Scanning the fields at the edge of the refuge turned out a few other birds, on the hunt for insects to presumably take back to waiting, hungry mouths. A few Savannah Sparrows were evident, one stopping atop an old metal fence post to survey the area before heading for home.


A Willow Flycatcher perched on some of the sturdier plant stalks, watching for insects before darting out after them and returning again to its previous place. It did this several times before retreating.


Sitting on an old, dead branch was a Western Wood Pewee, another type of flycatcher. The flycatchers share behavioral traits of sitting out on a perch where it can watch for prey to fly by, catching it on the wing.


A brightly colored Bullocks Oriole appeared, a flash of orange against a screen of green. He seemed to have a nearly-grown juvenile hiding in the blackberries, but the youngster remained carefully out of sight.


During the spring and summer, white nesting stations are placed at the edge of the refuge for Purple Martins to nest in; these large swallows rely heavily on man-made nesting locations, although traditionally they may nest in natural sites such as old woodpecker holes. The males are dark overall, with iridescent purple on their head and back; the females are more dull in color, with patches of gray on the face, neck, and breast. Parents were busily moving in and out of their nests, rarely sitting still for long.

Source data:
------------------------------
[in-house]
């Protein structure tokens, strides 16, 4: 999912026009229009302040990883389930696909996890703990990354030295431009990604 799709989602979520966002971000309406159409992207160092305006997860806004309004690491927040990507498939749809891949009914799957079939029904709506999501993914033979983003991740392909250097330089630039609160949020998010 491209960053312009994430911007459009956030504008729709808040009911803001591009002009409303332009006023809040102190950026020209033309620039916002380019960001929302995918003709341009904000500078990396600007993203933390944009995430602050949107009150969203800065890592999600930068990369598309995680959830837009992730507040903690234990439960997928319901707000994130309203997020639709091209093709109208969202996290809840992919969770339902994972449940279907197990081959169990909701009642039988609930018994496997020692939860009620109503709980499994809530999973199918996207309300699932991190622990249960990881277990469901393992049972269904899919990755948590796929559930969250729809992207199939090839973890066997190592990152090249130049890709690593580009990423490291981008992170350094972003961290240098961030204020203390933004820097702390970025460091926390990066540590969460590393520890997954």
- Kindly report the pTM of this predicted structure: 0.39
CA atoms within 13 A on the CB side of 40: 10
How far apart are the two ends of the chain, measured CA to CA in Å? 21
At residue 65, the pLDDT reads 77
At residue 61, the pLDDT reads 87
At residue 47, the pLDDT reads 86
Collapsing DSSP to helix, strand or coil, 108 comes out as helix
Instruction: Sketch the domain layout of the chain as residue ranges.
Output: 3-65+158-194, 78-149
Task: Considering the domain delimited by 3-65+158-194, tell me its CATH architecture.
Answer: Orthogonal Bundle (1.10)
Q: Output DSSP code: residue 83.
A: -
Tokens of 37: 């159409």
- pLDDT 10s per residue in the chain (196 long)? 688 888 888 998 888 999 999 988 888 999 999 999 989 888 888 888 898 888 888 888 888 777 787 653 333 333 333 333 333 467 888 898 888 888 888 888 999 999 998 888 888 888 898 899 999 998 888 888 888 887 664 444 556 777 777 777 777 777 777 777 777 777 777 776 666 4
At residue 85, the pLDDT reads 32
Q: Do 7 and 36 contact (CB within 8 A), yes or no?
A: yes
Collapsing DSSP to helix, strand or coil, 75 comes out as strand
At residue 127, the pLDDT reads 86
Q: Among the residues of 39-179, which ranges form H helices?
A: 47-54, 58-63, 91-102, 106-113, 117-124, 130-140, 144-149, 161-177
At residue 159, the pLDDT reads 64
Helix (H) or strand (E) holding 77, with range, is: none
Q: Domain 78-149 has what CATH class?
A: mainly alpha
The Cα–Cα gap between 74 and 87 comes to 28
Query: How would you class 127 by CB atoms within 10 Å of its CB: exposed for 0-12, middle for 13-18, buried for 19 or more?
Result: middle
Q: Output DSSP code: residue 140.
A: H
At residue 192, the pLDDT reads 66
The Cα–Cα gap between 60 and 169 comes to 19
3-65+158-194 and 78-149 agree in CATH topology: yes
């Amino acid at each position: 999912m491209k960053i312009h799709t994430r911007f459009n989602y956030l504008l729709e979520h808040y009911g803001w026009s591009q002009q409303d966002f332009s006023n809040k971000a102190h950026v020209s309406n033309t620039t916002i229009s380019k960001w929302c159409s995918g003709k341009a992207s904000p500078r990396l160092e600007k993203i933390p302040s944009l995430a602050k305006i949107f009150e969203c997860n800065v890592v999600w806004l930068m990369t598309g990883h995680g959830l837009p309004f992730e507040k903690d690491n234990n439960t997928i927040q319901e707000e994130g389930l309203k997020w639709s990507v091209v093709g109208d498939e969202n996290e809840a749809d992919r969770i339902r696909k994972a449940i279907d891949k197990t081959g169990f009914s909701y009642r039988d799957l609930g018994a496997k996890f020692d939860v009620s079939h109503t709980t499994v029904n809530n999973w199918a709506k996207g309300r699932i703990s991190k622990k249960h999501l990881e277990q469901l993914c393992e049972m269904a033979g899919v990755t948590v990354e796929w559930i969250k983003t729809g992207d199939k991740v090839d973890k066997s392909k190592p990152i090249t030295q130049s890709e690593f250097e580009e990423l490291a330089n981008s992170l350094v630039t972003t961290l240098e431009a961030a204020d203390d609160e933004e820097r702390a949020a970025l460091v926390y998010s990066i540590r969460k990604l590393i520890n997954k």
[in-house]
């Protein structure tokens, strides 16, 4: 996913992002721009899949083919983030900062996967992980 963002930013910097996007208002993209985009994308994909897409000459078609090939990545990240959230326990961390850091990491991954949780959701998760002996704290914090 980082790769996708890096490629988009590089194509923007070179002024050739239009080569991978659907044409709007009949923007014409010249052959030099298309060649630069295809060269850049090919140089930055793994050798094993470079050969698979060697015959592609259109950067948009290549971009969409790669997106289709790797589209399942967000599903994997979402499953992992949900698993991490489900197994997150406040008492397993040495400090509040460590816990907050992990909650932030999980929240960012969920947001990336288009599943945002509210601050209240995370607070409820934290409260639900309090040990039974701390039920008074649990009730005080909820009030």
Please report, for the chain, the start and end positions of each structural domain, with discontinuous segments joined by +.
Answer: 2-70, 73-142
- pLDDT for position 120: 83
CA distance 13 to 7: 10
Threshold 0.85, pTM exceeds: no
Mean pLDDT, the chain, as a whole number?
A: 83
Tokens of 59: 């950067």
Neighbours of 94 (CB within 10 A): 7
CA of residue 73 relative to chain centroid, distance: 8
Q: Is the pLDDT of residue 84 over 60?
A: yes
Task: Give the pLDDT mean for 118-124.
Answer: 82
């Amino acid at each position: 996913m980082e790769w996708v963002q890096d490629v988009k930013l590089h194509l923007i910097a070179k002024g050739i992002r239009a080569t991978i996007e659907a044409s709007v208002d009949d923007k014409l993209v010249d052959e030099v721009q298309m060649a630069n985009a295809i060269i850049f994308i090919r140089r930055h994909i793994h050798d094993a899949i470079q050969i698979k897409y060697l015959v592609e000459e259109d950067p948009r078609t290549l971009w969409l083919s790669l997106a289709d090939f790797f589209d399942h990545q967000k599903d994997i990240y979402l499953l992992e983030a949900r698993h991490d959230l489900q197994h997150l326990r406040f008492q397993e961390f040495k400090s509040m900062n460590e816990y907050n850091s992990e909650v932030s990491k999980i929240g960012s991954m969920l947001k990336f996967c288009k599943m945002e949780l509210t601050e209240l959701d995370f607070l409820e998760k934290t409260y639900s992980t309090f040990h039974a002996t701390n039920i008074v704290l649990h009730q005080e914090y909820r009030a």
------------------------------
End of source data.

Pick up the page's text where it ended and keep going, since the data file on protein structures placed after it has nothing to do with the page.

Cutting back into the interior of the refuge along a trail that is only open during the summer, several smaller Tree Swallows were also in the area. The adults are a beautiful iridescent blue on the head and back with bright white bellies. Far less colorful were the gray juveniles, perched out at the ends of thin, bare branches where they tested wings not quite ready for flight.


Ignoring the little swallows was a much larger bird: a male Pileated Woodpecker worked his way meticulously over the surface of a long-dead tree, seeking insects in the aging wood and under the flaking bark. Holding tight to the tree with four toes and bracing his tail against the trunk, he move from low on the tree upwards, stopping periodically to peer around before returning to his careful search.


A final post recapping my July trip to Steigerwald will be posted soon, focused solely on a single species which dominated my day. To find a little more information about Steigerwald National Wildlife Refuge and other places for bird watching, including addresses and websites, check out my Birding Locations page.

Be sure to visit my Flickr site for many more images from my trip to Steigerwald National Wildlife Refuge this day, as well as some of my other photographs.

Comments are always welcome!

One thought on “Steigerwald Summer, Part 2: Seasonal Sights

  1. Pingback: Steigerwald Summer, Part 3: American Bitterns | PDXBirdNird